the related expenses.
TEP filed this lawsuit in Texas state court on August 23, 2016, seeking a
declaratory judgment that it owes no obligation to reimburse MOGUS for the
decommissioning costs associated with the CEPS. MOGUS filed a timely Notice of
Removal, removing the case to this Court. MOGUS then filed an early Motion for
Partial Summary Judgment on Liability, and TEP filed its Rule 56(d) Motion.
APPLICABLE LEGAL STANDARDS
A district court has discretion to deny without prejudice a motion for summary
judgment if the nonmovant demonstrates an inability to support its opposition with
evidence to raise a genuine issue of material fact. See FED. R. CIV. P. 56(d); Smith v.
Reg’l Transit Auth., 827 F.3d 412, 422 (5th Cir. 2016). Rule 56(d) motions for
additional discovery are broadly favored and should be liberally granted. Smith, 827
F.3d at 422 (citing Am. Family Life Assurance Co. v. Biles, 714 F.3d 887, 894 (5th
Cir. 2013)). The party seeking discovery pursuant to Rule 56(d) must, however,
demonstrate “how additional discovery will create a genuine issue of material fact.”
Id. at 422-23 (quoting Canady v. Bossier Par. Sch. Bd., 240 F.3d 437, 445 (5th Cir.
2001)). “More specifically, the [Rule 56(d) movant] must set forth a plausible basis
for believing that specified facts, susceptible of collection within a reasonable time
frame, probably exist and indicate how the emergent facts, if adduced, will influence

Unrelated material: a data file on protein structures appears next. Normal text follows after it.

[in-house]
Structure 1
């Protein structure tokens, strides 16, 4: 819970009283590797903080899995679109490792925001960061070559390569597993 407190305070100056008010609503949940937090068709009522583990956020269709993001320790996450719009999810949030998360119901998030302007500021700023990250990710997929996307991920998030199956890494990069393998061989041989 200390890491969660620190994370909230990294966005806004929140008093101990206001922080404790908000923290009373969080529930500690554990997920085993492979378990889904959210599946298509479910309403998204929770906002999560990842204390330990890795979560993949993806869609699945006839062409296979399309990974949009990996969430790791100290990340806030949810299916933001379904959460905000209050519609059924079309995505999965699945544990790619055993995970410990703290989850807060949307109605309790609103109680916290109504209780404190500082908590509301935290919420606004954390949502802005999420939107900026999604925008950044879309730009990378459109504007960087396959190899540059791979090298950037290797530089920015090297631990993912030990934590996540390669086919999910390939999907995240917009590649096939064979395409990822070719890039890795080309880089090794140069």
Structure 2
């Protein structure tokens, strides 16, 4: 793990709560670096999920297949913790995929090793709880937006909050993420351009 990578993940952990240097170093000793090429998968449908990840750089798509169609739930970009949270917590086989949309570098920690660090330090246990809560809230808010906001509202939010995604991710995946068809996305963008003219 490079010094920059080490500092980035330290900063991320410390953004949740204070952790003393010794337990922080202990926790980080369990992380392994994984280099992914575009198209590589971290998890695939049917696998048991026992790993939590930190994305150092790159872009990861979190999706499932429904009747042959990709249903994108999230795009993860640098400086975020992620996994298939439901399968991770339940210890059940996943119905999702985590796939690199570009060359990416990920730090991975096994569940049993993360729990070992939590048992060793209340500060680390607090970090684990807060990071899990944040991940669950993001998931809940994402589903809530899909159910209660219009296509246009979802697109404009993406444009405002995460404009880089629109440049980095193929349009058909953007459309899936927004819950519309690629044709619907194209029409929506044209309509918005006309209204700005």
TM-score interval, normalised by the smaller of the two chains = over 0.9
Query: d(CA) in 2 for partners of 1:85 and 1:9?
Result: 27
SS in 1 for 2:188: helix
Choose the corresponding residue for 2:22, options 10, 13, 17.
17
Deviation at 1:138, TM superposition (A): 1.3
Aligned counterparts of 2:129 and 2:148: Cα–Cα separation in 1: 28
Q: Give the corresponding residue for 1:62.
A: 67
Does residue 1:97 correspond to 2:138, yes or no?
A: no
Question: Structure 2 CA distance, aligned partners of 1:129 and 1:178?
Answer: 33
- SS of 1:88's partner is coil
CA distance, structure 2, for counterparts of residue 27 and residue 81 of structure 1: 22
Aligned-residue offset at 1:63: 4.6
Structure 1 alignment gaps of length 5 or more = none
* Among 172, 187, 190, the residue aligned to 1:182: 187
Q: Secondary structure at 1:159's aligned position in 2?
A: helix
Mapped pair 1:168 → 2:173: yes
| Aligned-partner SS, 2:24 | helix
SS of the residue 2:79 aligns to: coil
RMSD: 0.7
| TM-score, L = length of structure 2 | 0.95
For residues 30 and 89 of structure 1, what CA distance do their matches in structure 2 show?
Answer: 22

the outcome of the pending summary judgment motion.” Id. at 423 (internal
quotations and citations omitted). The Rule 56(d) movant may not succeed if it
presents only vague assertions that discovery will produce necessary, unspecified
In support of its Rule 56(d) Motion, TEP submits the Declaration of its
attorney, Michael W. Mengis. In his Declaration, Mengis identifies various factual
issues that require discovery before TEP can respond to the Motion for Partial
Summary Judgment. As an initial matter, MOGUS notes in its Motion for Partial
Summary Judgment that the CEPS OA provides that it will be governed by and
construed in accordance with United States general maritime law and Texas law. See
Motion for Partial Summary Judgment, p. 8 (citing CEPS OA ¶ 15.7). MOGUS
suggests, however, that the Court may be required under the Outer Continental Shelf
Lands Act (“OCSLA”) to apply “the law of the ‘adjacent state’ in lieu of any
contractual choice-of-law provisions to the contrary.” See id. (citing 43 U.S.C.
§ 1331, et seq.). If MOGUS is correct that OCSLA’s choice-of-law applies, there is
an inadequate factual record for the Court to determine the applicable law because it
is unclear whether the “adjacent state” would be Alabama or Louisiana.